This starter may be the buzziest prospect in Mets' system

April 23rd, 2024

This story was excerpted from Anthony DiComo’s Mets Beat newsletter. To read the full newsletter, click here. And subscribe to get it regularly in your inbox.

SAN FRANCISCO -- Each year, a new high-profile prospect emerges to tantalize fans. David Wright was once that guy, performing so splendidly in the Minors that the Mets had little choice but to call him up in the middle of a season. Matt Harvey was once that guy, too. More recently, Francisco Alvarez, Brett Baty and Mark Vientos have all taken their turn.

This season, the prospect turning heads is a pitcher many casual Mets fans had never heard of until late last summer or even this spring. How quickly things have changed for Christian Scott, now one of the buzziest players in Minor League Baseball.

“He’s only had three starts here,” Triple-A Syracuse manager Dick Scott said, “and he’s already got everyone’s attention.”

Christian Scott, the Mets' No. 5 prospect per MLB Pipeline, has done this mostly by missing bats at an elite level. Among Triple-A starting pitchers with at least 10 innings, Scott ranks second in strikeout rate (16.33%) behind only Paul Skenes (19.18%), the top overall selection in last year’s Draft and MLB Pipeline's No. 3 overall prospect. Among 205 qualified Minor League pitchers, Scott is 19th in swinging-strike rate (35.6%).

It’s the profile of a frontline starting-pitching prospect, which is what Scott has rightfully become. But he didn’t always profile that way. The Mets’ fifth-round Draft pick in 2021, Scott was a college reliever who didn’t even strike out one batter per inning (51 K's in 54 frames) during his final season at the University of Florida. The Mets made him a starter during his first full year in the pros, and he hasn’t looked back since. Recently, Scott developed a sweeper to complement his hard slider, upper-90s four-seam fastball and split-changeup.

Scott is quite simply a different, more complete pitcher than he was in college, when he relied mostly on velocity as a prototypical sinker/slider type.

“If he could add those [other] pitches, then he turns into a starter and potentially a frontline starter,” Mets pitching coach Jeremy Hefner said. “If he doesn’t, then he’s still a good Major League pitcher. That’s a credit to him and his work ethic and all the guys who have worked with him. His fastball’s special, and it’s a Major League fastball. So if he can generally command the other pitches and keep them off balance just enough, he’ll be in a good place.”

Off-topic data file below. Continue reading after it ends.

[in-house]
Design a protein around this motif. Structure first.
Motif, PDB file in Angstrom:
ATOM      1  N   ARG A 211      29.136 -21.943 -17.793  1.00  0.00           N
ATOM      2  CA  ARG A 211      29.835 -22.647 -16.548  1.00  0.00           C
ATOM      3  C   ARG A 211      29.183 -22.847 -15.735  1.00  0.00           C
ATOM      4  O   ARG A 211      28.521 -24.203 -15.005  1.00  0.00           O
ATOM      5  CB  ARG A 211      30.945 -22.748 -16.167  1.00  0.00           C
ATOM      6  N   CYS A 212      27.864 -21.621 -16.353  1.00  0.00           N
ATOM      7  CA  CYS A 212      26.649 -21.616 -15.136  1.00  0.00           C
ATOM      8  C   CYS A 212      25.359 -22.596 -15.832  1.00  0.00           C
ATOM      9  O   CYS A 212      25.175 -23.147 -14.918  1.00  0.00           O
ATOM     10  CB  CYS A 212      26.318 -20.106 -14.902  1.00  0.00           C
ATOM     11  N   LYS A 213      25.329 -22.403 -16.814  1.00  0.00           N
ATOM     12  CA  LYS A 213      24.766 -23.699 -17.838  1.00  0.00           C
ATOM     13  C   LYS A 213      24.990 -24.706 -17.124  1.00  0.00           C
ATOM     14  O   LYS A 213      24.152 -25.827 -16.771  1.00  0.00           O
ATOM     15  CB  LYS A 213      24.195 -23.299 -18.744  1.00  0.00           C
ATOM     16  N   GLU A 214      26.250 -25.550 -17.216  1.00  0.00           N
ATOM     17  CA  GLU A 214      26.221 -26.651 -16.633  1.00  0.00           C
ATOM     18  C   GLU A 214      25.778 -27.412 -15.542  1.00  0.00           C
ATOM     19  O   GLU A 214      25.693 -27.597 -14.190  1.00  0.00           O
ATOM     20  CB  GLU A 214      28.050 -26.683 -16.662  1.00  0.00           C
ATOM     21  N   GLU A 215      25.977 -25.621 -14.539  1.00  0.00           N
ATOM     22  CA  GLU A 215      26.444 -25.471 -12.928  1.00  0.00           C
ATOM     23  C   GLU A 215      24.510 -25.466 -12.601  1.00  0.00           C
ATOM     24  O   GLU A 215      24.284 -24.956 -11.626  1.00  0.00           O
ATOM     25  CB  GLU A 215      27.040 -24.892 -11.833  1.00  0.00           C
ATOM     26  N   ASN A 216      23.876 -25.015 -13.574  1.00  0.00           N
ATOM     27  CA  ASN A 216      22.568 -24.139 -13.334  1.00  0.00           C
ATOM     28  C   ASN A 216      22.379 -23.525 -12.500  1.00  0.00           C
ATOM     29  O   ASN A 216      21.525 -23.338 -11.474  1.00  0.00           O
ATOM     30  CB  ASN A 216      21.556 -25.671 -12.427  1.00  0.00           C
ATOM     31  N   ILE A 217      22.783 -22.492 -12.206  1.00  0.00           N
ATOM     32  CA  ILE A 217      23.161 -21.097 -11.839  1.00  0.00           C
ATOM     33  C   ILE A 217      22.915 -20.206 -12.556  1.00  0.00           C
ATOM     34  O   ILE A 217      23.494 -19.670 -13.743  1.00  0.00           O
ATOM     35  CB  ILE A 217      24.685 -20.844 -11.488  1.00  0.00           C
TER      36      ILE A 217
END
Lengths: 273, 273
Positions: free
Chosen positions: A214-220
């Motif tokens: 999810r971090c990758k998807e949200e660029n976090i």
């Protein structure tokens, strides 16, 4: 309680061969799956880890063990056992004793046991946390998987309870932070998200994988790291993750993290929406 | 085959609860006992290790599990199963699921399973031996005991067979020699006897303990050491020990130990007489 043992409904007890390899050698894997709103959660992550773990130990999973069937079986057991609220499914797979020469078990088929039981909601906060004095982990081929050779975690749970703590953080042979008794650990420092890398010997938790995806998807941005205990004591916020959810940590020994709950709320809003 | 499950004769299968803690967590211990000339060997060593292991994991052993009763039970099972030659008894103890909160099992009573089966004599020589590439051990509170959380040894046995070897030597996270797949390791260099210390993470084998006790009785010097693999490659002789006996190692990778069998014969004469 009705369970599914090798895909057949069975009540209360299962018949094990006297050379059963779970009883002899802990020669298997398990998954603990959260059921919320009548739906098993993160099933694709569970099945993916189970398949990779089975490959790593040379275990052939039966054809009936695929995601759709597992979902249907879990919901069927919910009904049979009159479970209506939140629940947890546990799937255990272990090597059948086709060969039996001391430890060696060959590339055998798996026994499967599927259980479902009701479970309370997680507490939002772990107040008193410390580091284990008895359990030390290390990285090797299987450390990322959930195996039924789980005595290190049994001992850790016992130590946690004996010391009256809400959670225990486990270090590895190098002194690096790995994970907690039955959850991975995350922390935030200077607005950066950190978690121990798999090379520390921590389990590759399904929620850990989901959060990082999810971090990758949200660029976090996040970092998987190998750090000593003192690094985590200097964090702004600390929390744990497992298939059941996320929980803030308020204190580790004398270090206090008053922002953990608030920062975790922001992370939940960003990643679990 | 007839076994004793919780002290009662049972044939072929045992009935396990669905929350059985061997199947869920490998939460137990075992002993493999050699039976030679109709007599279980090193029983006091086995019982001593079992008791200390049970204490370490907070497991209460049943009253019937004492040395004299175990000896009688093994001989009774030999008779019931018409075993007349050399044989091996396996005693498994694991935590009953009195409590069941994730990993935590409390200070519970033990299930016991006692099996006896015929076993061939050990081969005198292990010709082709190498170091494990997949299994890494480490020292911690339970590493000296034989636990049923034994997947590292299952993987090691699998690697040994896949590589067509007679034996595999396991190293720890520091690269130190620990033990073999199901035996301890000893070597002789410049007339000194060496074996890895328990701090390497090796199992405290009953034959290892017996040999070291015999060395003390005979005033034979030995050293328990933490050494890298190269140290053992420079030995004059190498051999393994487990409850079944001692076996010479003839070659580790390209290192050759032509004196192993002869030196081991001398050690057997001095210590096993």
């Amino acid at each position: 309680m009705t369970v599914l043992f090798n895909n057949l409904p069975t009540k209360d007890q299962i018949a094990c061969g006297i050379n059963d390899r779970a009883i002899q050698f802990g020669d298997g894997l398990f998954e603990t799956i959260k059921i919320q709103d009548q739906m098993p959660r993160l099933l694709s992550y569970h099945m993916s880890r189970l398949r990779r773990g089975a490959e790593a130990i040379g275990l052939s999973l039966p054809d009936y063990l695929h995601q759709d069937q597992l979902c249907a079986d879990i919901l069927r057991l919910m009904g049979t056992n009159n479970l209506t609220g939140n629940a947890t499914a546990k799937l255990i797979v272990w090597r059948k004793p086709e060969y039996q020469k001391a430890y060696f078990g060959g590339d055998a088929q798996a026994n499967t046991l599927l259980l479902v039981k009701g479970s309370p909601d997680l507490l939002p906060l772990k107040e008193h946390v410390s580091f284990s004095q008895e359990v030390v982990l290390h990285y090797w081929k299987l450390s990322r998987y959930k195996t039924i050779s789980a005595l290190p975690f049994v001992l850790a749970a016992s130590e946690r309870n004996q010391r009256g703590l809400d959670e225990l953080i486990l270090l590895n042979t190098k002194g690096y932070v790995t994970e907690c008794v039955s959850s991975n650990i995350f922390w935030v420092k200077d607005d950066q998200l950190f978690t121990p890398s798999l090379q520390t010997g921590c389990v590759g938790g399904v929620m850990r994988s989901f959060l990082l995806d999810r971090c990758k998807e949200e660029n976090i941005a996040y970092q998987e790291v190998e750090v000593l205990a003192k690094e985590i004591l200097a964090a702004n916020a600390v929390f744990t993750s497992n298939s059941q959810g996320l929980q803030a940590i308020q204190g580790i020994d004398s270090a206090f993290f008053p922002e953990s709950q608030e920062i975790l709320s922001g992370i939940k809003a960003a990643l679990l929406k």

Despite Scott’s strong early results, the Mets aren’t ready to call him up to the Majors yet, for multiple reasons.

One is the fact that he isn’t a finished product; if there’s a knock on Scott, it’s that he’s been homer-prone this season, allowing five in three starts -- something his Triple-A manager attributes to the right-hander’s fly-ball tendencies and a bit of bad luck. A rival scout who recently saw Scott said that while his control is excellent, his in-zone command -- Scott’s ability to place pitches exactly where he wants within the strike zone -- could still use refinement.

Then there is the matter of workload. As a reliever at Florida, Scott never threw more than 54 innings in a college season. His career high as a professional was 87 2/3 last year. The Mets don’t have a hard ceiling for Scott this season, but they plan on monitoring him closely -- something more easily done in the Minor Leagues than the Majors.

But if Scott keeps striking batters out at this rate, he’ll surely be in New York before long. Even manager Carlos Mendoza, when asked about Scott earlier this month, admitted: “We are paying attention.”

“Guys like him are like thoroughbreds,” Dick Scott said. “They want the ball. They want to go. They want to take it. You’ve got to like that. That’s something that we haven’t had probably since we had that group come through like Harvey and deGrom, Wheeler, Syndergaard. … I think he’s going to be one of those guys that has a really good, complete package as a pitcher.”

Elsewhere on the farm …

Double-A Binghamton: Keep an eye on Rhylan Thomas, who has already advanced from an 11th-round Draft pick in 2022 to the Mets’ 30th-ranked prospect. Thomas is off to as strong a start as any hitter in the system, batting .340/.404/.447 with five doubles in 12 games.

High-A Brooklyn: Outside of Scott, the hottest pitching prospect in the system might be fellow Florida product Brandon Sproat (No. 13). Capable of throwing in the low triple digits, Sproat has struck out 12 batters over the first 9 2/3 innings of his professional career. Last year’s second-round pick will need to clean up his control (eight walks) if he wants to advance quickly through the system, but Sproat’s swing-and-miss ability is already apparent.

Single-A St. Lucie: Nick Morabito (No. 26) profiles as a younger version of Thomas -- a smallish center field type with lots of speed. While Morabito’s bat-to-ball skills aren’t quite as keen as those of Thomas, he does feature a bit more power, as evidenced by his home run and two triples in 14 games for St. Lucie.